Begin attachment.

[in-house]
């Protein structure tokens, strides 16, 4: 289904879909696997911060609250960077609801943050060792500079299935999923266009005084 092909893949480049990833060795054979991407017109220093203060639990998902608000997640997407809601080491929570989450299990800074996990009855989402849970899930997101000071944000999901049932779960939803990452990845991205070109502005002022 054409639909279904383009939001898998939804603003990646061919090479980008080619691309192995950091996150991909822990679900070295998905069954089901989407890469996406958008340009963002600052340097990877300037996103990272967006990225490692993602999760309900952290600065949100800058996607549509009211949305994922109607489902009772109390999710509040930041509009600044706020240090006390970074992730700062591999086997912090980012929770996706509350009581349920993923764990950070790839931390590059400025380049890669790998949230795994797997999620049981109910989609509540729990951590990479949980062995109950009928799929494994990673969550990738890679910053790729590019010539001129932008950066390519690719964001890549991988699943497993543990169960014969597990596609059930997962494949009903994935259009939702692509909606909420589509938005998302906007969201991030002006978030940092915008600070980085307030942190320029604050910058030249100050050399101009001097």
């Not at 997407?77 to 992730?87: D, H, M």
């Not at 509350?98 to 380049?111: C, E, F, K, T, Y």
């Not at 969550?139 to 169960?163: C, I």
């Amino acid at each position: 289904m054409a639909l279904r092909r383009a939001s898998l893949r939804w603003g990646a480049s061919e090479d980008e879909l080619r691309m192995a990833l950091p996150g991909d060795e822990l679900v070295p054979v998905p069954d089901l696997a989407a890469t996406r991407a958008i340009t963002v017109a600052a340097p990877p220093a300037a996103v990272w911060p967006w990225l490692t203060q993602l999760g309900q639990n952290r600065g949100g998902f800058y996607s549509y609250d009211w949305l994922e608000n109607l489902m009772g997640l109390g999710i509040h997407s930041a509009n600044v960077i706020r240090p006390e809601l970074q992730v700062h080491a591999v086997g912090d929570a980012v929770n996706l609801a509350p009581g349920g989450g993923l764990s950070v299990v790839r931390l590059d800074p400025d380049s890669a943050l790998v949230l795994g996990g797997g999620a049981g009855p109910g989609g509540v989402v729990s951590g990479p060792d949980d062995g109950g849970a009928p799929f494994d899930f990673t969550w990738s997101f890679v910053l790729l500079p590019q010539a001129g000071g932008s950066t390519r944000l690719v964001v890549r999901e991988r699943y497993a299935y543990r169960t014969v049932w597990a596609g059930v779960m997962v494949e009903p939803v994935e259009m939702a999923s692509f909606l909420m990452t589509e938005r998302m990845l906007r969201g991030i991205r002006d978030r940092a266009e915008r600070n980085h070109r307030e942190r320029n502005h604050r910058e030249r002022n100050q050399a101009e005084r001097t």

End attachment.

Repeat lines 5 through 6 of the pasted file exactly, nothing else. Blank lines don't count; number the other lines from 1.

């Not at 969550?139 to 169960?163: C, I």
């Amino acid at each position: 289904m054409a639909l279904r092909r383009a939001s898998l893949r939804w603003g990646a480049s061919e090479d980008e879909l080619r691309m192995a990833l950091p996150g991909d060795e822990l679900v070295p054979v998905p069954d089901l696997a989407a890469t996406r991407a958008i340009t963002v017109a600052a340097p990877p220093a300037a996103v990272w911060p967006w990225l490692t203060q993602l999760g309900q639990n952290r600065g949100g998902f800058y996607s549509y609250d009211w949305l994922e608000n109607l489902m009772g997640l109390g999710i509040h997407s930041a509009n600044v960077i706020r240090p006390e809601l970074q992730v700062h080491a591999v086997g912090d929570a980012v929770n996706l609801a509350p009581g349920g989450g993923l764990s950070v299990v790839r931390l590059d800074p400025d380049s890669a943050l790998v949230l795994g996990g797997g999620a049981g009855p109910g989609g509540v989402v729990s951590g990479p060792d949980d062995g109950g849970a009928p799929f494994d899930f990673t969550w990738s997101f890679v910053l790729l500079p590019q010539a001129g000071g932008s950066t390519r944000l690719v964001v890549r999901e991988r699943y497993a299935y543990r169960t014969v049932w597990a596609g059930v779960m997962v494949e009903p939803v994935e259009m939702a999923s692509f909606l909420m990452t589509e938005r998302m990845l906007r969201g991030i991205r002006d978030r940092a266009e915008r600070n980085h070109r307030e942190r320029n502005h604050r910058e030249r002022n100050q050399a101009e005084r001097t």